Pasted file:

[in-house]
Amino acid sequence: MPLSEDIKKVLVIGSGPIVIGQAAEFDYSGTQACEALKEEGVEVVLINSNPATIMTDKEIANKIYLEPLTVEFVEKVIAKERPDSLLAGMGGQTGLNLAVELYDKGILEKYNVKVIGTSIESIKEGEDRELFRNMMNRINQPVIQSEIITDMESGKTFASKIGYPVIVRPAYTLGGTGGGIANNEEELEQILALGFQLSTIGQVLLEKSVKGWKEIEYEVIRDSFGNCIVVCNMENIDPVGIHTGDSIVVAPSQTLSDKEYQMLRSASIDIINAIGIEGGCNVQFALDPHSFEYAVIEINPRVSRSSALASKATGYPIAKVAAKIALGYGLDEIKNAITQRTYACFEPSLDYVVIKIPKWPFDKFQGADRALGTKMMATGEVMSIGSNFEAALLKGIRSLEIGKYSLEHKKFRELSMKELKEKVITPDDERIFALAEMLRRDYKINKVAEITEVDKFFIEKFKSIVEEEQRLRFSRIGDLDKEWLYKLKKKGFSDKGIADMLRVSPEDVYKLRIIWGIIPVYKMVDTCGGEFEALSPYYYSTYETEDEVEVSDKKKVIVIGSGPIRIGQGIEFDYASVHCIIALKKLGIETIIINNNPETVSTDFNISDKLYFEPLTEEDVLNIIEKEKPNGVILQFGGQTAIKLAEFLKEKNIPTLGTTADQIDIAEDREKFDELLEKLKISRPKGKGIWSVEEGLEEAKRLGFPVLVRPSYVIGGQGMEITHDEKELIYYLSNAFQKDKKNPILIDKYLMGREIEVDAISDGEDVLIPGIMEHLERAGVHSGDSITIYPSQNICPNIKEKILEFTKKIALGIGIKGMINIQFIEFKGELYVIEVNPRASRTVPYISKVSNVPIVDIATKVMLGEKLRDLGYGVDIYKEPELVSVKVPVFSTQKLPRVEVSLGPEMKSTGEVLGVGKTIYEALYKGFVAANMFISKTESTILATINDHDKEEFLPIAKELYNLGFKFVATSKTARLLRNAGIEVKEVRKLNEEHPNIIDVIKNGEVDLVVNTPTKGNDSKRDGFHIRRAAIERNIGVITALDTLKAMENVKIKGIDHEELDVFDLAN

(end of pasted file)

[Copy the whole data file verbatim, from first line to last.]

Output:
[in-house]
Amino acid sequence: MPLSEDIKKVLVIGSGPIVIGQAAEFDYSGTQACEALKEEGVEVVLINSNPATIMTDKEIANKIYLEPLTVEFVEKVIAKERPDSLLAGMGGQTGLNLAVELYDKGILEKYNVKVIGTSIESIKEGEDRELFRNMMNRINQPVIQSEIITDMESGKTFASKIGYPVIVRPAYTLGGTGGGIANNEEELEQILALGFQLSTIGQVLLEKSVKGWKEIEYEVIRDSFGNCIVVCNMENIDPVGIHTGDSIVVAPSQTLSDKEYQMLRSASIDIINAIGIEGGCNVQFALDPHSFEYAVIEINPRVSRSSALASKATGYPIAKVAAKIALGYGLDEIKNAITQRTYACFEPSLDYVVIKIPKWPFDKFQGADRALGTKMMATGEVMSIGSNFEAALLKGIRSLEIGKYSLEHKKFRELSMKELKEKVITPDDERIFALAEMLRRDYKINKVAEITEVDKFFIEKFKSIVEEEQRLRFSRIGDLDKEWLYKLKKKGFSDKGIADMLRVSPEDVYKLRIIWGIIPVYKMVDTCGGEFEALSPYYYSTYETEDEVEVSDKKKVIVIGSGPIRIGQGIEFDYASVHCIIALKKLGIETIIINNNPETVSTDFNISDKLYFEPLTEEDVLNIIEKEKPNGVILQFGGQTAIKLAEFLKEKNIPTLGTTADQIDIAEDREKFDELLEKLKISRPKGKGIWSVEEGLEEAKRLGFPVLVRPSYVIGGQGMEITHDEKELIYYLSNAFQKDKKNPILIDKYLMGREIEVDAISDGEDVLIPGIMEHLERAGVHSGDSITIYPSQNICPNIKEKILEFTKKIALGIGIKGMINIQFIEFKGELYVIEVNPRASRTVPYISKVSNVPIVDIATKVMLGEKLRDLGYGVDIYKEPELVSVKVPVFSTQKLPRVEVSLGPEMKSTGEVLGVGKTIYEALYKGFVAANMFISKTESTILATINDHDKEEFLPIAKELYNLGFKFVATSKTARLLRNAGIEVKEVRKLNEEHPNIIDVIKNGEVDLVVNTPTKGNDSKRDGFHIRRAAIERNIGVITALDTLKAMENVKIKGIDHEELDVFDLAN